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Your Money Goals Should Meet the M.A.R.K.

We’ve all set financial goals we didn’t meet, whether to live on a budget or to save for a rainy day, trip, or special purchase. Many financial goals fail because they do not meet the M.A.R.K.

Measurable: Your goals need a number and a name. If you aren’t clear on what you’re seeking to achieve, you won’t know when you arrive, or fail. Do more than decide to save more. Put a dollar sign on your goal.

Accountable: You’re more likely to quit if you don’t have someone to hold you to your word. Share your goal with a trusted friend. Wisdom literature teaches us: Two are better than one, because they have a good return for their labor: If either of them falls down, one can help the other up. But pity anyone who falls and has no one to help them up (Ecc. 4:9 NIV).

Realistic: Start small and generate wins. Rather than shooting for the moon with your goal, start small and steady, generating nearly immediate wins. Then, gradually increase your goal. The small wins will build momentum.

Kingdom-minded: There’s no substitute for having God’s partnership in your goal—it’s the hidden ingredient to success. If what you’re going after doesn’t matter for eternity, it doesn’t matter. God cares deeply about your life and your money, so invite God into the process.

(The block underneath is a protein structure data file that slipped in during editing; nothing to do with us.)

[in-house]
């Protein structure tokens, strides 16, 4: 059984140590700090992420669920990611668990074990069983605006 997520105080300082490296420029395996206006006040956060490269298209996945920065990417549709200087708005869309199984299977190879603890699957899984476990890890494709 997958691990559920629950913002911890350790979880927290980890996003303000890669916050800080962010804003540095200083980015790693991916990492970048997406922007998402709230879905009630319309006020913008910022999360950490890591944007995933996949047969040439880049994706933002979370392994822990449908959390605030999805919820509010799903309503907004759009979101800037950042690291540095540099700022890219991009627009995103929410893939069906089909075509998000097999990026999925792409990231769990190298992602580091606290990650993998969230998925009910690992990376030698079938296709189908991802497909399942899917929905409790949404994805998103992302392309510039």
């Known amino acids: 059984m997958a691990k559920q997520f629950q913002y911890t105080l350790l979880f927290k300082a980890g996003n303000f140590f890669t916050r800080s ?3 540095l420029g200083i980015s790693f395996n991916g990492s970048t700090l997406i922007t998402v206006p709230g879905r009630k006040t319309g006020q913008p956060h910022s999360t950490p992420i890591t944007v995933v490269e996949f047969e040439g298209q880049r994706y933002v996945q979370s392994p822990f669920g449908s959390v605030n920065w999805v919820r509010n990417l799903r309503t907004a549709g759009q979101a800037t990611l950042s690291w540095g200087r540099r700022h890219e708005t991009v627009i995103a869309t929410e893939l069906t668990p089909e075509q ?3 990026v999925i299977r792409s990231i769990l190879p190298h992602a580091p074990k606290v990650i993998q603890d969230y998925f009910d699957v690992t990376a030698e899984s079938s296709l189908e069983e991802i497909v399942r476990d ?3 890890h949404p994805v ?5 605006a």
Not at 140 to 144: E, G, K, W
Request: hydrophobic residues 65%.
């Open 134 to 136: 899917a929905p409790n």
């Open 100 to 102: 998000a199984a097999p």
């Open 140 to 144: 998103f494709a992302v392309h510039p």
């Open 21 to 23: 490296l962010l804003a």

As always, seek the advice of a certified financial planner. 

Tommy Brown

Tommy Brown is a writer, speaker, and develops strategies that support financial development. He and his wife Elizabeth live in Winston-Salem, NC along with their children Seri and Seth. He served in leadership at two churches as an ordained minister from 2001-2014, leading congregations into financial wellbeing and a holistic approach to integrating faith and finances. Tommy has a B.A. in Pastoral Ministry and Masters degrees in Divinity and Management. His entrepreneurial endeavors over the years have extended into real estate development and church consulting on stewardship matters. Now, Thomas works alongside an award-winning team of storytellers at Wake Forest University, performing strategic planning and project development for initiatives that fund the university¹s $1,000,000,000 capital campaign. Thomas was instrumental in forming Wake Forest University's financial wellbeing initiative. He has a heart for seeing churches, students, and people of faith form connections between faith and finances.

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